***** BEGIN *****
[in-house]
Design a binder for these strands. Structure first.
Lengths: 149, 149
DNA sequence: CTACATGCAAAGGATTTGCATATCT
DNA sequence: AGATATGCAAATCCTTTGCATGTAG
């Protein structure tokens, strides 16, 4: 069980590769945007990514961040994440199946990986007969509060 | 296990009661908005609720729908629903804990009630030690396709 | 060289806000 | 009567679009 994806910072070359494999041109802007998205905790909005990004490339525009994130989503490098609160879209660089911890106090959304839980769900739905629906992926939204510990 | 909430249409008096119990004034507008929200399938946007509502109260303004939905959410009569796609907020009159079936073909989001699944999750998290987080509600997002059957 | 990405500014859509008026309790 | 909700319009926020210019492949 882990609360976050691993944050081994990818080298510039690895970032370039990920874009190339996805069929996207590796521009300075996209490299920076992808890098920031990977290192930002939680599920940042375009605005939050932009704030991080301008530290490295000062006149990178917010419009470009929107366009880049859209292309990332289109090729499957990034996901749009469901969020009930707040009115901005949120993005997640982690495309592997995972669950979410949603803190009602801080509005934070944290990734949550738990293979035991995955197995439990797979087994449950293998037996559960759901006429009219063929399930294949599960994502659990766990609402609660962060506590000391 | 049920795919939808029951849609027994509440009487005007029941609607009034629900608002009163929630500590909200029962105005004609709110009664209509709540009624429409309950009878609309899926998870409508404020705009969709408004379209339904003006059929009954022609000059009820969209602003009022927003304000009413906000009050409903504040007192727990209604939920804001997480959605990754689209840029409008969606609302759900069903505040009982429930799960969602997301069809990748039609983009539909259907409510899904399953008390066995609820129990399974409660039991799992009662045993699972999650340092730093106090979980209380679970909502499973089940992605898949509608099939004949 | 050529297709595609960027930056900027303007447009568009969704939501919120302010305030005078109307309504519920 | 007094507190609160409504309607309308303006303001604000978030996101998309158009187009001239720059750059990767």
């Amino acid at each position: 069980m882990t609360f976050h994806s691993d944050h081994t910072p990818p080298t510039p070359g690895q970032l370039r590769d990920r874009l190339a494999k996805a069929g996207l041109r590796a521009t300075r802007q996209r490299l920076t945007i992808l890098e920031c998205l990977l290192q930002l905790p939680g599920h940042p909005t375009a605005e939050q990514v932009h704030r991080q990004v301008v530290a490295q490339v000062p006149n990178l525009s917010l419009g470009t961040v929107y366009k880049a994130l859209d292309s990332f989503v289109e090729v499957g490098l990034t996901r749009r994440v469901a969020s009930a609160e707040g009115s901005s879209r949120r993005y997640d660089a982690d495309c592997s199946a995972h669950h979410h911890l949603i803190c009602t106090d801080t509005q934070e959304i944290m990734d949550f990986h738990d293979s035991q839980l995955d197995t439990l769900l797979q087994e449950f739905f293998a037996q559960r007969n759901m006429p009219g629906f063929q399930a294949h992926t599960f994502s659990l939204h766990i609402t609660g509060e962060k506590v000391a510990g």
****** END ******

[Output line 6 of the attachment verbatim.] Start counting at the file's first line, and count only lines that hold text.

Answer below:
């Protein structure tokens, strides 16, 4: 069980590769945007990514961040994440199946990986007969509060 | 296990009661908005609720729908629903804990009630030690396709 | 060289806000 | 009567679009 994806910072070359494999041109802007998205905790909005990004490339525009994130989503490098609160879209660089911890106090959304839980769900739905629906992926939204510990 | 909430249409008096119990004034507008929200399938946007509502109260303004939905959410009569796609907020009159079936073909989001699944999750998290987080509600997002059957 | 990405500014859509008026309790 | 909700319009926020210019492949 882990609360976050691993944050081994990818080298510039690895970032370039990920874009190339996805069929996207590796521009300075996209490299920076992808890098920031990977290192930002939680599920940042375009605005939050932009704030991080301008530290490295000062006149990178917010419009470009929107366009880049859209292309990332289109090729499957990034996901749009469901969020009930707040009115901005949120993005997640982690495309592997995972669950979410949603803190009602801080509005934070944290990734949550738990293979035991995955197995439990797979087994449950293998037996559960759901006429009219063929399930294949599960994502659990766990609402609660962060506590000391 | 049920795919939808029951849609027994509440009487005007029941609607009034629900608002009163929630500590909200029962105005004609709110009664209509709540009624429409309950009878609309899926998870409508404020705009969709408004379209339904003006059929009954022609000059009820969209602003009022927003304000009413906000009050409903504040007192727990209604939920804001997480959605990754689209840029409008969606609302759900069903505040009982429930799960969602997301069809990748039609983009539909259907409510899904399953008390066995609820129990399974409660039991799992009662045993699972999650340092730093106090979980209380679970909502499973089940992605898949509608099939004949 | 050529297709595609960027930056900027303007447009568009969704939501919120302010305030005078109307309504519920 | 007094507190609160409504309607309308303006303001604000978030996101998309158009187009001239720059750059990767």